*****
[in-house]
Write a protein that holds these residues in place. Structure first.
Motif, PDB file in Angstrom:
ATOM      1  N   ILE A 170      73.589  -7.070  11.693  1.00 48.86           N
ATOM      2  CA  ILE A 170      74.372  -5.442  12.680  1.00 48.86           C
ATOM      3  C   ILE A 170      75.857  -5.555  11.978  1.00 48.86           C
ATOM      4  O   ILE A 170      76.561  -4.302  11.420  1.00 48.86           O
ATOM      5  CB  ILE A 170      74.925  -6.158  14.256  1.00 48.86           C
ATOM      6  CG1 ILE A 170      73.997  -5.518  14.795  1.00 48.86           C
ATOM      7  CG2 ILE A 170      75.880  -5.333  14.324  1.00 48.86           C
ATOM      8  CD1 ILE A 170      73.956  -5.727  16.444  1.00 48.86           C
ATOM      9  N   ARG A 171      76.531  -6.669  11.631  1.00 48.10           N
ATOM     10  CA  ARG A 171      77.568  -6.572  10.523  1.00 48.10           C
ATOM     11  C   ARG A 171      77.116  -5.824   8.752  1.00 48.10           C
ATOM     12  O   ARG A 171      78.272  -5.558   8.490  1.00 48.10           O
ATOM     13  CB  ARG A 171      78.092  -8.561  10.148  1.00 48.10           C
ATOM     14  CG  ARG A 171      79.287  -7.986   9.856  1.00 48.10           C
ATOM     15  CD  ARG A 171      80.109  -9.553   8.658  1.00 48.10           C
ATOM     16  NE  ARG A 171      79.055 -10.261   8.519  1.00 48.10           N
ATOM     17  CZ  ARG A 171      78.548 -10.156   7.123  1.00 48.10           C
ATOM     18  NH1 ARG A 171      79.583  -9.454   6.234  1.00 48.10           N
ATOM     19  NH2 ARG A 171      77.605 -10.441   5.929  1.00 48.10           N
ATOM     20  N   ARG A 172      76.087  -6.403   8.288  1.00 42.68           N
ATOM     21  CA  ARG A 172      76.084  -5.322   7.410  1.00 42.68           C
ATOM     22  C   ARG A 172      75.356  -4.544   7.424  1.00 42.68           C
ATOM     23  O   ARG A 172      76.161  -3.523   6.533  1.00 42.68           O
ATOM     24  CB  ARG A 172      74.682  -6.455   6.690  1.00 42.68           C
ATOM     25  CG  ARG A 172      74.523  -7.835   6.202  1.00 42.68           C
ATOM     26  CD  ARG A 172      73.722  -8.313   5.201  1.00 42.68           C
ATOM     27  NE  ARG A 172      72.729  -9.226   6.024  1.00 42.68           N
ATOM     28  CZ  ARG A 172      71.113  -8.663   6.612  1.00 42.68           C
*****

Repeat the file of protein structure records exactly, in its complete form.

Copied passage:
[in-house]
Write a protein that holds these residues in place. Structure first.
Motif, PDB file in Angstrom:
ATOM      1  N   ILE A 170      73.589  -7.070  11.693  1.00 48.86           N
ATOM      2  CA  ILE A 170      74.372  -5.442  12.680  1.00 48.86           C
ATOM      3  C   ILE A 170      75.857  -5.555  11.978  1.00 48.86           C
ATOM      4  O   ILE A 170      76.561  -4.302  11.420  1.00 48.86           O
ATOM      5  CB  ILE A 170      74.925  -6.158  14.256  1.00 48.86           C
ATOM      6  CG1 ILE A 170      73.997  -5.518  14.795  1.00 48.86           C
ATOM      7  CG2 ILE A 170      75.880  -5.333  14.324  1.00 48.86           C
ATOM      8  CD1 ILE A 170      73.956  -5.727  16.444  1.00 48.86           C
ATOM      9  N   ARG A 171      76.531  -6.669  11.631  1.00 48.10           N
ATOM     10  CA  ARG A 171      77.568  -6.572  10.523  1.00 48.10           C
ATOM     11  C   ARG A 171      77.116  -5.824   8.752  1.00 48.10           C
ATOM     12  O   ARG A 171      78.272  -5.558   8.490  1.00 48.10           O
ATOM     13  CB  ARG A 171      78.092  -8.561  10.148  1.00 48.10           C
ATOM     14  CG  ARG A 171      79.287  -7.986   9.856  1.00 48.10           C
ATOM     15  CD  ARG A 171      80.109  -9.553   8.658  1.00 48.10           C
ATOM     16  NE  ARG A 171      79.055 -10.261   8.519  1.00 48.10           N
ATOM     17  CZ  ARG A 171      78.548 -10.156   7.123  1.00 48.10           C
ATOM     18  NH1 ARG A 171      79.583  -9.454   6.234  1.00 48.10           N
ATOM     19  NH2 ARG A 171      77.605 -10.441   5.929  1.00 48.10           N
ATOM     20  N   ARG A 172      76.087  -6.403   8.288  1.00 42.68           N
ATOM     21  CA  ARG A 172      76.084  -5.322   7.410  1.00 42.68           C
ATOM     22  C   ARG A 172      75.356  -4.544   7.424  1.00 42.68           C
ATOM     23  O   ARG A 172      76.161  -3.523   6.533  1.00 42.68           O
ATOM     24  CB  ARG A 172      74.682  -6.455   6.690  1.00 42.68           C
ATOM     25  CG  ARG A 172      74.523  -7.835   6.202  1.00 42.68           C
ATOM     26  CD  ARG A 172      73.722  -8.313   5.201  1.00 42.68           C
ATOM     27  NE  ARG A 172      72.729  -9.226   6.024  1.00 42.68           N
ATOM     28  CZ  ARG A 172      71.113  -8.663   6.612  1.00 42.68           C